Hell yes. It’s nice to come back from holiday to more eye-candy from leading OGRE-based projects, and this one is looking very nice indeed. Congrats to Travis and the rest of the team at Runic, on the PAX‘09 coverage and also the recent Gamasutra articlewhich I read on my phone at breakfast one day while on holiday (much to my wife’s annoyance 😕 ).
I’m probably the only person on the web who totally missed this until now, but The Guildis awesome. I don’t play WoW, and this pretty much sums up why I’m so afraid of getting sucked into it, but it’s definitely pretty funny. Thanks to Nikofor linking their music video yesterday.
You know how you realise one day that you’re not part of the ‘young generation’ anymore? If you don’t know this, you’re either still in your 20s, or you’re kidding yourself; akin to 45 year olds thinking they can still legitimately be part of the clubbing scene. Well, it manifests itself in a number of ways, some positive - you’re in theory more financially & emotionally stable, and you generally give a lot less of a toss what people think anymore - and some negative - suddenly you can no longer treat your body like dirt and expect it to gleefully rebound.
RockBandContent.com is being shut downbecause the maintainer hasn’t got time to do it anymore, which is a shame because it’s a really nice site for browsing the increasingly crushing number of Rock Band tracks available and finding videos of people playing the charts before you buy. However, I found over time that the best videos came from corporalgregg2, who always posts full-band videos which saves a lot of time over the individual instrument videos, as well as being very good so you can actually hear the song with everyone playing on Expert 😀So I’m just subscribed to him from now on for reviewing the new songs as they come out.
Finally. After months of speculation and general acknowledgement by all except Sony that the PS3 is too expensive for the market, and that no amount of brand loyalty, Blu-ray cross-marketing or theoretical performance advantages were going to outbalance that inconvenient fact, the inevitable has happened and the PS3 is now £50 cheaper in the UK. That’s actually pretty good; we usually get stiffed on prices in Europe so despite not quite being on par - a $100 cut in the US should mean about a £60 cut at current exchange rates, but they do have to hedge their bets there - it’s a healthy amount and I’m sure will help sales.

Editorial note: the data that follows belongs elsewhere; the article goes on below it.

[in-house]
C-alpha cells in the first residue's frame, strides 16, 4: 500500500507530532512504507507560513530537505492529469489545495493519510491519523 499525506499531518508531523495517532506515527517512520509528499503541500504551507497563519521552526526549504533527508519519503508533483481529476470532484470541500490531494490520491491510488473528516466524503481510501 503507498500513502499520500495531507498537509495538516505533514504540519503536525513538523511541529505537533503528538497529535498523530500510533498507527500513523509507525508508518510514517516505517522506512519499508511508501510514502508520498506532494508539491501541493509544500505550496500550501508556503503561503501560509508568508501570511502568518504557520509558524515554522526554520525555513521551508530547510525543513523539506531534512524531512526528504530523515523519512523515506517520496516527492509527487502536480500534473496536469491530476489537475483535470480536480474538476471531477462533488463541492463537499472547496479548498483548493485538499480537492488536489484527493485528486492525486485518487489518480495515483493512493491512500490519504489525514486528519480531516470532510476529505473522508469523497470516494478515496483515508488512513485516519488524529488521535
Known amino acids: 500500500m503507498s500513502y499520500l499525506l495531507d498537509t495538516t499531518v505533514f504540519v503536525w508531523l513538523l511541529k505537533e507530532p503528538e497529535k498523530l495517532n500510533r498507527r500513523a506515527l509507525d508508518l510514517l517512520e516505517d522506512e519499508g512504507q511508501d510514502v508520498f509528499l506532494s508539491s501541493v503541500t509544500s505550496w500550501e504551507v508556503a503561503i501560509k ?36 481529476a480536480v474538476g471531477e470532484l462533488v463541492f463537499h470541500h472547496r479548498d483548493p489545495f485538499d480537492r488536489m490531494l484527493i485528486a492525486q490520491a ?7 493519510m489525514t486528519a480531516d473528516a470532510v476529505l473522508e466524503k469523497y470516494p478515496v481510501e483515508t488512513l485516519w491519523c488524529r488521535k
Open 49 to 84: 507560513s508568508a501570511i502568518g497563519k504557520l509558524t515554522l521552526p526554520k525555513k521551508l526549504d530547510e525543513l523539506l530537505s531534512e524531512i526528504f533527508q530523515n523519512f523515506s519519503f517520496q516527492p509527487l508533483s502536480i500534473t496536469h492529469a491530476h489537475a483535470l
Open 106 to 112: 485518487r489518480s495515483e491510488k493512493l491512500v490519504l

I’ve watched with some entertainment the latest round of scraps across the pond about health care, which has now turned into a Brit-bashing exercise. Apparantly the NHSis ‘Orwellian’ and ‘Evil’ (allegedly that particular accusation was from the eminent scholar and international expert Sarah Palin) according to the American right-wing - which, when perceived from this side of the Atlantic constitutes most of the political spectrum compared to what is considered centrist here - all of which is news to most people in Britain, barring the usual suspects on the fringes of the Conservative party that their own leader would like to disown, but who always turn up on American TV because no-one listens to them over here.
Ok, so I’ve posted my initial feelingsabout tinkering with Mercurial and Git, and that seems to have generated some interest. It’s time to get a bit more formal about how I’m going to evaluate them against each other, to decide which one I like to use most in real, practical scenarios. So, I decided to come up with a list of use cases for the things that I typically have to deal with when managing the repositories for a software project (open source and otherwise), so that I can methodically test them out and see how I feel about each system.
I’ve been interested in DVCS for a while; having done my fair share of branch management, something which makes that process easier and more transparent is definitely very attractive. I particularly like the way a DVCS makes it easier for people to collaborate in pockets of their own, away from the centralised environment, and track other repositories and keep their local mods up to date more easily - public-branch-on-demand if you will.
Ok, so I discovered a number of shortcomings in my recent attempt to sync a folder in one direction to Amazon S3 using encryption, the most important of which was that it wouldn’t resume a failed transfer efficiently, which in the case of large transfers wasn’t at all ideal (as I learned to be own cost - damn my 256k upload speed). So, this is attempt number 2. I decided to completely rewrite the script in Python instead to give me some more flexibility, coupled with the availability of Boto, a nice Python library for accessing all the Amazon Web Services.